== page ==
Social Media for Nonprofits: Building Online Communities
For years now, you’ve heard the buzz about the wonders social media can do for nonprofits and their causes. Yet, despite joining Facebook and Twitter and every other hot social network, you’re not seeing the results promised.
Your efforts on social media will fall short if you think it’s as easy as talking about the work your organization does and asking for donations.
To inspire and move people to join your organization, you have to build community online. Building online communities is what nonprofits who are excelling at social media have in common.
What is community?
A community is a group of people united around a common set of beliefs, interests, and/or goals. Your nonprofit’s community is made up of the people who believe in your cause and are willing to join you in the fulfillment of your mission. Your community is made up of your donor, volunteers, staff, board members, and those you serve.
Nowadays, many of those people are online and social media is a great tool to reach them and unite them. Building community is all about building relationships and identifying common passions.
Here is a great example by the Malala Fund, which recently ran a campaign that rallied supporters to announce what they were #strongerthan leading up to Malala’s birthday on July 14. The campaign generated a huge response and massive participation across social channels, especially on Twitter.
— Shiza Shahid (@Shiza) July 8, 2014
How to build online community
Start by recognizing what resonates with the supporters you already have. Find online articles, videos, infographics, or other content that captures what your supporters like. Use social media to share that content. Remember, the beauty of social media is that if something you post doesn’t garner the response you were looking for, you can try again until you find what works.
Be aware of how your community responds to what you’re sharing. Are they retweeting, liking, or commenting on what you’re sharing? Are they expressing disagreement or displeasure? Listen to their responses and respond accordingly. Listening to both the good and bad will help you refine your social strategy.
Additionally, pay attention to what your online community is talking about and sharing to learn more about them. The more insight you have into who the members of your online community are, the better you can craft messaging and content that will resonate with them.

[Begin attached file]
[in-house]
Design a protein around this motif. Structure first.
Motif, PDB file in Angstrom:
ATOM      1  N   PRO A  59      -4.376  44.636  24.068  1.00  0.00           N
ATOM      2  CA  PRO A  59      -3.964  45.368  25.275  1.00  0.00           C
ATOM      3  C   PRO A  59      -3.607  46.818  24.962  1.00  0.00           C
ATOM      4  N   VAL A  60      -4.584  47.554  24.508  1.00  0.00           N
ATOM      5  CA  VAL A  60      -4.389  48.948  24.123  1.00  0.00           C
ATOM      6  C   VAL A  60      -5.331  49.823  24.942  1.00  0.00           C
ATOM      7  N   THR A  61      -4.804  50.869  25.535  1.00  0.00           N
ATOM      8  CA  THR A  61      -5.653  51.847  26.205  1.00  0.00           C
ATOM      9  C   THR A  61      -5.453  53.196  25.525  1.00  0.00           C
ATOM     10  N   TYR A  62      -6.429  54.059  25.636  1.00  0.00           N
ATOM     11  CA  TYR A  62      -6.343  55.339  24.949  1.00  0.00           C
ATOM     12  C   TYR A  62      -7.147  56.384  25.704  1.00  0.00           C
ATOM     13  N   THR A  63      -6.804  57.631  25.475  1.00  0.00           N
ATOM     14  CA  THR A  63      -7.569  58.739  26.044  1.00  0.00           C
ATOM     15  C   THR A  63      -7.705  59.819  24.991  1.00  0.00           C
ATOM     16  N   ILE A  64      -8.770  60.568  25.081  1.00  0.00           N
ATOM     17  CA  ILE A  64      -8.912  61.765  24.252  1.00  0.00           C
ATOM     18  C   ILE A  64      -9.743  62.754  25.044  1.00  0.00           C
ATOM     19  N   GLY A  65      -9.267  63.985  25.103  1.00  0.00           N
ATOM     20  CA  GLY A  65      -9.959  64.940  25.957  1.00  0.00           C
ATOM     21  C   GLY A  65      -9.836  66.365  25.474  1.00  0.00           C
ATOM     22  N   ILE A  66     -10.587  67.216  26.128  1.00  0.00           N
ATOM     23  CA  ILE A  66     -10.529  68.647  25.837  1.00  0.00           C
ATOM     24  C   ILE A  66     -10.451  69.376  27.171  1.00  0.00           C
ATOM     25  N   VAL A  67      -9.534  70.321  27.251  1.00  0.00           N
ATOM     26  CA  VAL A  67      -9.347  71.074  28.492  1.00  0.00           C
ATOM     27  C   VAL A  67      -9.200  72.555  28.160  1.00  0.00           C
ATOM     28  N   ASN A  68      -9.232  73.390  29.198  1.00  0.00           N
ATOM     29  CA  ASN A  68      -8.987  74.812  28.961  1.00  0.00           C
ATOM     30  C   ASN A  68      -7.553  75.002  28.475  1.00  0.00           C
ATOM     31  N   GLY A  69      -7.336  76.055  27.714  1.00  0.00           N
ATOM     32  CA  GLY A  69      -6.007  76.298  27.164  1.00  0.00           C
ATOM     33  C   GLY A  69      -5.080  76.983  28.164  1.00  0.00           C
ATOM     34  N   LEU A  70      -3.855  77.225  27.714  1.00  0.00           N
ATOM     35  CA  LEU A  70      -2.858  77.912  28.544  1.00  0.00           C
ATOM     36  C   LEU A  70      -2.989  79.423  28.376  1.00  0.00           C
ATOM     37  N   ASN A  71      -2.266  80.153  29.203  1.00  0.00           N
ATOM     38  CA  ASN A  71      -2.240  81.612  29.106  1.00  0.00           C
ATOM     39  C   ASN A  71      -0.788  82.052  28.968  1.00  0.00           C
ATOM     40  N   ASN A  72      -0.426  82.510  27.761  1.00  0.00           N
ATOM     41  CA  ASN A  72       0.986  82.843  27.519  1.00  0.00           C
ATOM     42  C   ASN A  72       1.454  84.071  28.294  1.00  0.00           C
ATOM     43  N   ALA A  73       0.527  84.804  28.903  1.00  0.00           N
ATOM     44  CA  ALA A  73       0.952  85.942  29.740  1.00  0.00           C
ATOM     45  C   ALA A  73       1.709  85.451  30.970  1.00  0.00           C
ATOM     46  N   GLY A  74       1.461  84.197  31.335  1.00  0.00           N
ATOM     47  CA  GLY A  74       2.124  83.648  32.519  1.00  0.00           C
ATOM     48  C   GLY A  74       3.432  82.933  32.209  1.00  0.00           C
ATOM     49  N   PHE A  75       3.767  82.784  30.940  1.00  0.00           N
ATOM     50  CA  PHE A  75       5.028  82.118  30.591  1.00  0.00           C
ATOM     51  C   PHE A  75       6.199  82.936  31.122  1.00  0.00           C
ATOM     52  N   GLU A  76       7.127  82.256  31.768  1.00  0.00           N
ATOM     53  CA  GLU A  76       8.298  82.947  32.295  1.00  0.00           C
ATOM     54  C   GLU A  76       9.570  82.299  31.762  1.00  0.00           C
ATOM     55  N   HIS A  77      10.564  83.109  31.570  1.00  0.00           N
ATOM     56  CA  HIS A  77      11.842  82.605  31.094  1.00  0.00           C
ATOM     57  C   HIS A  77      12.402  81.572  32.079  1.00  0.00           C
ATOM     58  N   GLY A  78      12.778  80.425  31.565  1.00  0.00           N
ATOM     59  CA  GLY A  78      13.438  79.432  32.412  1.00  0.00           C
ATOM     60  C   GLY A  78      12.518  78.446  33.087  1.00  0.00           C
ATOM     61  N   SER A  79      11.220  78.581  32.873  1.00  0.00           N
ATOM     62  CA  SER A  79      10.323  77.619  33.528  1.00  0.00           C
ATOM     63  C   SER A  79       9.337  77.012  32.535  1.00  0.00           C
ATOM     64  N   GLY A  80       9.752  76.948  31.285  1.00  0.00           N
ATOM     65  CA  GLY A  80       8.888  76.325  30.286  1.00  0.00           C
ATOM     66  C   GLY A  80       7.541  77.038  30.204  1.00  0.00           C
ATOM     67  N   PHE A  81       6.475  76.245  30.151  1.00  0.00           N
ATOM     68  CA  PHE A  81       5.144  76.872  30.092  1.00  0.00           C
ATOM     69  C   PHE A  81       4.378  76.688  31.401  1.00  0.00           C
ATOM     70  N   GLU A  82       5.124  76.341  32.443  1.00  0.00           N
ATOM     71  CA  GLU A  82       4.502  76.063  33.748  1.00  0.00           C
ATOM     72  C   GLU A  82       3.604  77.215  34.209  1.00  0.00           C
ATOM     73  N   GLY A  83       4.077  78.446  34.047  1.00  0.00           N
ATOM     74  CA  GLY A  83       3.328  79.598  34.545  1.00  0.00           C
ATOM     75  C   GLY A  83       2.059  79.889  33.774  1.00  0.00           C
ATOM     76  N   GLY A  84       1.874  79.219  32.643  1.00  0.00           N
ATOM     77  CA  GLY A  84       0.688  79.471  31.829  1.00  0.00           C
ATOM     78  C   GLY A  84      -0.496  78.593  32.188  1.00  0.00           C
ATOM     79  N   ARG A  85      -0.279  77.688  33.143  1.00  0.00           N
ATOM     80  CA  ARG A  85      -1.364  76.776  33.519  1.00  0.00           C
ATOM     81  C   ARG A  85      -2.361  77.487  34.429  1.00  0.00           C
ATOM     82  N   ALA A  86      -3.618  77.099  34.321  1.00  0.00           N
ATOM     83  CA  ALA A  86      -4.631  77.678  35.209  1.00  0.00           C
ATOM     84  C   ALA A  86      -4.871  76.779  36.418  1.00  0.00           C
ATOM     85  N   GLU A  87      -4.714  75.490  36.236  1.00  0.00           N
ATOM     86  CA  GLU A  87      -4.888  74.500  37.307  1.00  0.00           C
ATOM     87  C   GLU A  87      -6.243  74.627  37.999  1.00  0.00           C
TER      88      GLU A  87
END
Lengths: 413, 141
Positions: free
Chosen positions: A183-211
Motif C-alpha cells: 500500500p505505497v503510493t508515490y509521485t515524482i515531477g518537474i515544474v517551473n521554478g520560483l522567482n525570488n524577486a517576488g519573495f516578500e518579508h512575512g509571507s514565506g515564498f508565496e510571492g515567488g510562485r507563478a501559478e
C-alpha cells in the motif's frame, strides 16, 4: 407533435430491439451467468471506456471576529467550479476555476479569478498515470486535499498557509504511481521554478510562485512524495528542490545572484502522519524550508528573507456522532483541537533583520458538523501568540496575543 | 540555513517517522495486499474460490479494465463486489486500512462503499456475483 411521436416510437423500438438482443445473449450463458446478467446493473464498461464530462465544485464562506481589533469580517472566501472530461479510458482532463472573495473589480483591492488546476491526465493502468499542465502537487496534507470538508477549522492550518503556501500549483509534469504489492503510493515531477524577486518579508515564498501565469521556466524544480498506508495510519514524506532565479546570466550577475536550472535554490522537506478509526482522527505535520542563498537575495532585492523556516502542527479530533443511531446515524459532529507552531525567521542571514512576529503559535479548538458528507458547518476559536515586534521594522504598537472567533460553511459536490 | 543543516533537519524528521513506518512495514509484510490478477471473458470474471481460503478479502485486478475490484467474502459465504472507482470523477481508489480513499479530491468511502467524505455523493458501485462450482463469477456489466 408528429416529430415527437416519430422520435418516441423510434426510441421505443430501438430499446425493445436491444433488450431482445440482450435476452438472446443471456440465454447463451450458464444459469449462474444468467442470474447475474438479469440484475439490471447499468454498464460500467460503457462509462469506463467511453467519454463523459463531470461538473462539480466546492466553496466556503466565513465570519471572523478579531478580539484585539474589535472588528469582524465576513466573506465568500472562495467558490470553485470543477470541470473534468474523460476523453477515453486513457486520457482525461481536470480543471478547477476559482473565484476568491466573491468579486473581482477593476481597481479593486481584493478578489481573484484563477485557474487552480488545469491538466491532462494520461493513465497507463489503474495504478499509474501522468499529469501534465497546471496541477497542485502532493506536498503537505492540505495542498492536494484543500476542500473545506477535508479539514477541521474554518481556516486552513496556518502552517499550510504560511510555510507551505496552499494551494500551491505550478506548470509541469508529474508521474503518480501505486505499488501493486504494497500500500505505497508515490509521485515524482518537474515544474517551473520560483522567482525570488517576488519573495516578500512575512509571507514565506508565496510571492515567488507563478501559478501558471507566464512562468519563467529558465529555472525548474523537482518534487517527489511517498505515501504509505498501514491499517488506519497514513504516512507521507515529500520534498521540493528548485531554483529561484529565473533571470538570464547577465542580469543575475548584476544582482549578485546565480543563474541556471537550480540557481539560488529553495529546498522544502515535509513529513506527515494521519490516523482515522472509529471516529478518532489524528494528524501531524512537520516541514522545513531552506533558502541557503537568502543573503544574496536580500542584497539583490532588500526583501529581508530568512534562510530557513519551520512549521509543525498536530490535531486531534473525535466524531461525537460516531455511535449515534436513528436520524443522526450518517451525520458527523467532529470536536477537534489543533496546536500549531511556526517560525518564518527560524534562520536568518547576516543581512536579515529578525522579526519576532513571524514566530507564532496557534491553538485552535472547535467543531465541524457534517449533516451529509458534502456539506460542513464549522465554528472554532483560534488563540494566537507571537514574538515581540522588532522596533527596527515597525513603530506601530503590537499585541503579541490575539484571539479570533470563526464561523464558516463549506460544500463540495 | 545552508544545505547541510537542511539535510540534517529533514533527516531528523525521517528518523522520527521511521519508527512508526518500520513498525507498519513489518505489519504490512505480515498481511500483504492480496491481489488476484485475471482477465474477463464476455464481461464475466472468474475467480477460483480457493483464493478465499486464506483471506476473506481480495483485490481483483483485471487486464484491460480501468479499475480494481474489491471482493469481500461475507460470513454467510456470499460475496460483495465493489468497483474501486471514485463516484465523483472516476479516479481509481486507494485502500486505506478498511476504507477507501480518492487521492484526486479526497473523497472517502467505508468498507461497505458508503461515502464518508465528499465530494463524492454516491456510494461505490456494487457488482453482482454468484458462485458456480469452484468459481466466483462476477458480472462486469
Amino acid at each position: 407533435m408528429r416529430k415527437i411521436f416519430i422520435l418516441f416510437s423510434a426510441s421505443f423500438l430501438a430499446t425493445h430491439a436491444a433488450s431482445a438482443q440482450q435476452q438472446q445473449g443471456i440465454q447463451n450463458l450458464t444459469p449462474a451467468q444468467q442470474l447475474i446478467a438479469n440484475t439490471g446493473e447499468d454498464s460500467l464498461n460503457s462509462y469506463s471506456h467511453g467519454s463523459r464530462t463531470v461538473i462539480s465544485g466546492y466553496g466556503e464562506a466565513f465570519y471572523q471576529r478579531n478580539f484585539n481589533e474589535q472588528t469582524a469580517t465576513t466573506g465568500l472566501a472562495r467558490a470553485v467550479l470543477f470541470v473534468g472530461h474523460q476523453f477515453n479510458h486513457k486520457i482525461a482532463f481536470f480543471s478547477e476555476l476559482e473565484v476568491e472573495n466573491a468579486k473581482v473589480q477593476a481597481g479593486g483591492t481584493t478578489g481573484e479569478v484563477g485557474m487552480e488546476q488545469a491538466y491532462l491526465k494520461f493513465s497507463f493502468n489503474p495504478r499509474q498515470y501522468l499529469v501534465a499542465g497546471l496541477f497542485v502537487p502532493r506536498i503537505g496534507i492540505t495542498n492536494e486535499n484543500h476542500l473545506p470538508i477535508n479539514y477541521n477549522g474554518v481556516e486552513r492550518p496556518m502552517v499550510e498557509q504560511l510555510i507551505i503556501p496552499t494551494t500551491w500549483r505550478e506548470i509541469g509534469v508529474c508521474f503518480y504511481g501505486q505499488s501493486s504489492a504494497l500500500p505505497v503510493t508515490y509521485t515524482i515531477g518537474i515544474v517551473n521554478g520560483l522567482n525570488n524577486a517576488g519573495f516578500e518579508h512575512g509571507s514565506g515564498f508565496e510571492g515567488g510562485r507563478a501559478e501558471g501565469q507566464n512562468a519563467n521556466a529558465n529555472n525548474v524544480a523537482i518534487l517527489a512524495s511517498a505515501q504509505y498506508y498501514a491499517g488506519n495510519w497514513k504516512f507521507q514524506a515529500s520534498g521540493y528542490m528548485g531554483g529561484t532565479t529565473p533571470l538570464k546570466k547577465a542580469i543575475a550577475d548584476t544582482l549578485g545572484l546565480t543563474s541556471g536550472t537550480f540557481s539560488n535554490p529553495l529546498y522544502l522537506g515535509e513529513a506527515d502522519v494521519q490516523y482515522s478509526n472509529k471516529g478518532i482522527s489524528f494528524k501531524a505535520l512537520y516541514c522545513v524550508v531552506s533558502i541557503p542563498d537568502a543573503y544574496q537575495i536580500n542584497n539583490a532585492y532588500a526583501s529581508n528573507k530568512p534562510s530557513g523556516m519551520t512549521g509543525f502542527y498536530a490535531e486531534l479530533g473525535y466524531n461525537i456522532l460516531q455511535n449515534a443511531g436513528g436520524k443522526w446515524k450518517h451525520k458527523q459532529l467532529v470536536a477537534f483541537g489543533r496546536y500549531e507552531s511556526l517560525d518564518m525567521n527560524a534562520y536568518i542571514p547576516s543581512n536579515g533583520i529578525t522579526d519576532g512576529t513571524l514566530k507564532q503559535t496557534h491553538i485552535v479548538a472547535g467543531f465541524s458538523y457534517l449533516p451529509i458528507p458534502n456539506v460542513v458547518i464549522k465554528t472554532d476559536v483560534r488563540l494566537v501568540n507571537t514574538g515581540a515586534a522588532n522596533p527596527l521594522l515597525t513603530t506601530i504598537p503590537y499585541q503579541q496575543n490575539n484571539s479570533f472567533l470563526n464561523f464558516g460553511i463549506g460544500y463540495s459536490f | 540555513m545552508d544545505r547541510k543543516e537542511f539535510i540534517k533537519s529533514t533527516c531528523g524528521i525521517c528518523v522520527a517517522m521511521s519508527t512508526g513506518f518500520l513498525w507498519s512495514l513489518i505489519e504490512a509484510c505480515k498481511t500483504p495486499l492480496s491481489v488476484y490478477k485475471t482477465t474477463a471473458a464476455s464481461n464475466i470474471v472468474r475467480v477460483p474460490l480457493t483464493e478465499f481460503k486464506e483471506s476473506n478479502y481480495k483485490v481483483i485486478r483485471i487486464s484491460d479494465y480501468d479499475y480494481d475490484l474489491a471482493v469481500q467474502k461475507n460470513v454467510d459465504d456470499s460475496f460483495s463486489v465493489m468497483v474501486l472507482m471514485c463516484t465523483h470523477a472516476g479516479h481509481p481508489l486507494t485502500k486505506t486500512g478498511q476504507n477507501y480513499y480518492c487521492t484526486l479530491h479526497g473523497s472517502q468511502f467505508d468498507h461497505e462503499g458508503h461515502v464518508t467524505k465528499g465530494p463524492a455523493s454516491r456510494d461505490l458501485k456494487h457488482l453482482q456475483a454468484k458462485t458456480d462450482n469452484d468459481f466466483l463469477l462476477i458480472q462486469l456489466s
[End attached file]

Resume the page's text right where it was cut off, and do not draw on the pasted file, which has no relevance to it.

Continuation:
Team Rubicon, an emergency response organization made up of military veterans, celebrates their volunteers on social media. This gets a huge response from their digital online community because it demonstrates an understanding and care for their audience and supporters.
Make time to recognize your online community members to really make them feel like they are welcome, appreciated, and part of something larger than all of you. Shine a spotlight on their contributions to your shared cause, whether they’ve volunteered, donated or blogged about their experiences your organization.
You can also ask them to contribute by sharing their photos, authoring a guest blog on your site, or sharing their story in your organization newsletter. Giving your community members a role as contributors gives them a sense of belonging and responsibility to your shared cause.
Leverage your online community’s strength
Building online community takes time but with a thoughtful approach and effort, you will have the support needed to accomplish your organization’s goals online. If you’ve built real and meaningful relationships online, then you can count on your community to serve as online advocates and amplify your message.
Susan Chavez works with nonprofits to build communities in support of their causes using online and social media tools. Check out her blog and follow her on Twitter @Susan_Chavez.
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